Editorial Board: "Florida faces many tough problems. Abortion rights is not one of them."
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An editorial in the South Florida Sun-Sentinel criticized efforts by Florida lawmakers to restrict women's access to safe and legal abortion. On January 19, a piece of legislation mirroring Texas' controversial anti-abortion bill HB 2 was passed out of a Florida House committee panel. A January 20 editorial by the South Florida Sun-Sentinel rebuked the Florida Legislature for "squandering time" with political "grandstanding" about women's safety while pushing for new regulations on clinics that have "nothing to do with safety or quality, either."
The editorial board's criticism comes as evidence mounts that HB 2 has had a deleterious effect on the health and safety of women in Texas. The editors noted that Planned Parenthood says that if Florida passes similar legislation, the organization "might have to close some of its 16 clinics in Florida," depriving women not only of the ability to obtain safe and legal abortions, but also of access to a wide variety of health care services. The editorial board argued that the legislation shows that 43 years "after the landmark Roe v. Wade case made abortion legal nationwide, ending abortion remains a goal of the Florida Legislature." From the South Florida Sun-Sentinel (emphasis added):
In what has become an annual ritual, the Legislature is again trying to place barriers in front of women who seek an abortion.
This time, they're going after the state's 65 abortion clinics, trying to make it harder for them to stay in business by making them comply with the tougher regulations placed on outpatient surgery centers and hospitals.
HB 233, sponsored by Rep. Carlos Trujillo, R-Miami, would force abortion clinics to make costly renovations. Some of the regulations have nothing to do with safety or quality, either. Rather, they have to do with the width of hallways, the size of closets and even the color of wall paint.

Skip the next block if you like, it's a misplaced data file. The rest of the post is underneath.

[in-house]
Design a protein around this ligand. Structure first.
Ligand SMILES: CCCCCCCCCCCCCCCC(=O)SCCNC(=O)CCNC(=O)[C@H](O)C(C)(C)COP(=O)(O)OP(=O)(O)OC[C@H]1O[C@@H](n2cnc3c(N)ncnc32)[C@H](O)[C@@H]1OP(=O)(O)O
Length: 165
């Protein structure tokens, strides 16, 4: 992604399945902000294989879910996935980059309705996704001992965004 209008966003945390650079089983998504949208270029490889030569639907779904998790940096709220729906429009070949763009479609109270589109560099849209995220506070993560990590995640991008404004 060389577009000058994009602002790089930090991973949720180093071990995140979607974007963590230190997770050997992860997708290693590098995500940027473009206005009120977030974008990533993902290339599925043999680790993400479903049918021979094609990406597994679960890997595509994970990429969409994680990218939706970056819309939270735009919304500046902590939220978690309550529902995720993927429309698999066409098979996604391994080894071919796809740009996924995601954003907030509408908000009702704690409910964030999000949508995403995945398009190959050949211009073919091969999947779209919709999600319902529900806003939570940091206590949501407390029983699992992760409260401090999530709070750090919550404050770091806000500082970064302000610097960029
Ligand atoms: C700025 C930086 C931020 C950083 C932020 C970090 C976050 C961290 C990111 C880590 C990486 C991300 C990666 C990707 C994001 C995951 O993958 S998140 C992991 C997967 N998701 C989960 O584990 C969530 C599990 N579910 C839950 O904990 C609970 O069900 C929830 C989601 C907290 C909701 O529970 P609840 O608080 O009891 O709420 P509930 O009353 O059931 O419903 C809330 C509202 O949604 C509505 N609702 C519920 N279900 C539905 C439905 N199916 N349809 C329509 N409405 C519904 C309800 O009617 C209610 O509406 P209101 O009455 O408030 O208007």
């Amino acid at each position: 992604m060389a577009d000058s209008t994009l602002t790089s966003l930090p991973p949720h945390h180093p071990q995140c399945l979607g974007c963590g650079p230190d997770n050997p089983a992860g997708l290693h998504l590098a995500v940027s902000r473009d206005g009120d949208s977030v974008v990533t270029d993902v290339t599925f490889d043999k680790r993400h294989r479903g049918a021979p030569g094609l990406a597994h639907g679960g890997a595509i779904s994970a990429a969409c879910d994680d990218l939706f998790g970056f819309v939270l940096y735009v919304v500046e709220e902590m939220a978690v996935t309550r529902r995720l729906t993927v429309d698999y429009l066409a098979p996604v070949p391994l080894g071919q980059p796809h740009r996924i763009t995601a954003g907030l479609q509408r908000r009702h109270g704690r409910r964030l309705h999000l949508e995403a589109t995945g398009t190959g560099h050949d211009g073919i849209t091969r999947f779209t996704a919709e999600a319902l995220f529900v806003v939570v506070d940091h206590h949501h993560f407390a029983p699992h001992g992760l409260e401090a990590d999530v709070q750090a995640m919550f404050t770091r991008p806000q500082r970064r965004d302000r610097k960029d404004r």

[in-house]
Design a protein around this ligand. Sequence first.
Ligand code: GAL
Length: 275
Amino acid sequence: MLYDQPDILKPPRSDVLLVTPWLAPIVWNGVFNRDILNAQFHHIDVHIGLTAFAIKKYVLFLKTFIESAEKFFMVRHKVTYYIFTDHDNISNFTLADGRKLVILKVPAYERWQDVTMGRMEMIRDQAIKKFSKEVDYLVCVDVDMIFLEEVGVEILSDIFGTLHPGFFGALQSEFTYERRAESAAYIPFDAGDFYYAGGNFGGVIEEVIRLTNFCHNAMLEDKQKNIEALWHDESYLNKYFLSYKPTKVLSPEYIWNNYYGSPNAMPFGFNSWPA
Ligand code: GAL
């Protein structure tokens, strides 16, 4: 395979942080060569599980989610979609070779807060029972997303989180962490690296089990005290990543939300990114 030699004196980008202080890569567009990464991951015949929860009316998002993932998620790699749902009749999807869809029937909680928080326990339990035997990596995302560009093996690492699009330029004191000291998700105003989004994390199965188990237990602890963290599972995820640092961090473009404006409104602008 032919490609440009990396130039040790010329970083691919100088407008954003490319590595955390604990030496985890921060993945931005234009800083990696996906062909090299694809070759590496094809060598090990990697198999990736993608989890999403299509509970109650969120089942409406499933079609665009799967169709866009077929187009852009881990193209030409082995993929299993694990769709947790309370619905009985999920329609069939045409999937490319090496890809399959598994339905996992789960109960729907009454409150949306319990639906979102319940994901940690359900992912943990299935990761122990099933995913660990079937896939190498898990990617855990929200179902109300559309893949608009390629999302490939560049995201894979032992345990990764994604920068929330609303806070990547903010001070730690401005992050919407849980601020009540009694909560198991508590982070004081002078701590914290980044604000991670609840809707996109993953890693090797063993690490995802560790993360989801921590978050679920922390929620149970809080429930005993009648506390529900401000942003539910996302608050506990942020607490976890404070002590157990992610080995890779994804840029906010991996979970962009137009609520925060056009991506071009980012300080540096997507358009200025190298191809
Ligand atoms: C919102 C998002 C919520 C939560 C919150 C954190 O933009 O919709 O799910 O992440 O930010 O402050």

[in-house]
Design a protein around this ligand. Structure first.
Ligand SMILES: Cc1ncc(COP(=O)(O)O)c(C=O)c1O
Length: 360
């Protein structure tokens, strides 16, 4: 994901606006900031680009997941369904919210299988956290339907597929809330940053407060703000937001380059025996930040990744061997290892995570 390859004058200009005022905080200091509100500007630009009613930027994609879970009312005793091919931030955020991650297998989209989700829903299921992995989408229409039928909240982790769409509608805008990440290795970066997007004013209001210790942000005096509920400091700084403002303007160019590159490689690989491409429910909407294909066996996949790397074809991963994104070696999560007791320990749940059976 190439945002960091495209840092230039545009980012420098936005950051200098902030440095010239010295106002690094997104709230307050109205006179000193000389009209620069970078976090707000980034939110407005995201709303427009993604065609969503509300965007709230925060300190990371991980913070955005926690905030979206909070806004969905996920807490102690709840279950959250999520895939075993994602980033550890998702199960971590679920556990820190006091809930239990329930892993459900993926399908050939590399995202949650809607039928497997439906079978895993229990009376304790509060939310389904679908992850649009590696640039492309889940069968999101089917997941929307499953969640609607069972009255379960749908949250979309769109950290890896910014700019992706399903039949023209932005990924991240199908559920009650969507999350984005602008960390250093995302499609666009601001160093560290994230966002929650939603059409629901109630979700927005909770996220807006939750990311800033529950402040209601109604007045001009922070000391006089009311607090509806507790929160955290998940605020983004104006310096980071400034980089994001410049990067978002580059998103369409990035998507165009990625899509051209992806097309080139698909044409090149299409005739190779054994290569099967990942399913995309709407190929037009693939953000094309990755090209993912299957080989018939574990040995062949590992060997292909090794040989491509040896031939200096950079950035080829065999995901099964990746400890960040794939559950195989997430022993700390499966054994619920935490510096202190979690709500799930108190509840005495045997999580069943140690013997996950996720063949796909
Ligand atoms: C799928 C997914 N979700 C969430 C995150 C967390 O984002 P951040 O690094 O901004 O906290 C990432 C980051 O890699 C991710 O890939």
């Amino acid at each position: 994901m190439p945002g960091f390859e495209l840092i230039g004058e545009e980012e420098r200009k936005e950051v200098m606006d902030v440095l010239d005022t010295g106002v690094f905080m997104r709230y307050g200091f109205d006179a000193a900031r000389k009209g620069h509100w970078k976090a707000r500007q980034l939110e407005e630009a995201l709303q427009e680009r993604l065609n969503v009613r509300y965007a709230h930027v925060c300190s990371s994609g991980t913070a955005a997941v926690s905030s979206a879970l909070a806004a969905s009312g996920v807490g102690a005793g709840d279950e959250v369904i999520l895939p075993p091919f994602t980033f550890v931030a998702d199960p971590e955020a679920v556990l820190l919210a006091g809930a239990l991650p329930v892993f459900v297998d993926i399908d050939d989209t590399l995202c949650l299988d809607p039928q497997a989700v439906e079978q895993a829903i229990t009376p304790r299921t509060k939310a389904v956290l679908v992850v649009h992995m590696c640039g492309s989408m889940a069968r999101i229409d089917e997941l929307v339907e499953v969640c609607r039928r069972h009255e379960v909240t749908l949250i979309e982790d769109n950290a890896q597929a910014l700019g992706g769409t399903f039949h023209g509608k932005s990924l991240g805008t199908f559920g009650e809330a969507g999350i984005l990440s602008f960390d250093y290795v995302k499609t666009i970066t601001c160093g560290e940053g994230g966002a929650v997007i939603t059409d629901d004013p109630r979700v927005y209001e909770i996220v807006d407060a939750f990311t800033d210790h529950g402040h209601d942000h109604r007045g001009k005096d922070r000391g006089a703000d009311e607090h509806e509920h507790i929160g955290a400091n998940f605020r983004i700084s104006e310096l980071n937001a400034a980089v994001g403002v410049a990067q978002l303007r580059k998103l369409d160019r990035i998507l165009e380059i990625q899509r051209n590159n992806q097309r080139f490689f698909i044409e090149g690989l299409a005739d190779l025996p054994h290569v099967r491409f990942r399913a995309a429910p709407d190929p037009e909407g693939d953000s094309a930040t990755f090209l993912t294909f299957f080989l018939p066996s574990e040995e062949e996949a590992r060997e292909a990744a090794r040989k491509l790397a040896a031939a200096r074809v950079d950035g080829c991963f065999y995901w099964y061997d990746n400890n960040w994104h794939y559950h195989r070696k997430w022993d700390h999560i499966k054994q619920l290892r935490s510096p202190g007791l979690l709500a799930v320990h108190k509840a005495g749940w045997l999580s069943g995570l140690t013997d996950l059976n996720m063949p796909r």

If the bill passes, Planned Parenthood said it might have to close some of its 16 clinics in Florida. In Texas, it says about 20 clinics closed after a similar law there passed three years ago.
Forty three years after the landmark Roe v. Wade case made abortion legal nationwide, ending abortion remains a goal of the Florida Legislature.
Last year, for example, the Legislature passed a law requiring women to wait 24 hours after visiting an abortion provider before having the procedure. A lawsuit has placed that law on hold. There's legitimate concerns that forcing women to visit a clinic twice, and force those who don't live nearby to find a place to stay overnight, creates an undue burden.
The year before, lawmakers passed a law prohibiting abortions after a fetus might be considered viable, possibly at 23 weeks, unless the mother's life is at risk.
The list goes on.
We send folks to Tallahassee to represent us, to do the critical business of the state and to spend tax money wisely. Yet every year, we watch them try to score political points with their base by chipping away at a woman's right to choose.
Florida faces many tough problems. Abortion rights is not one of them.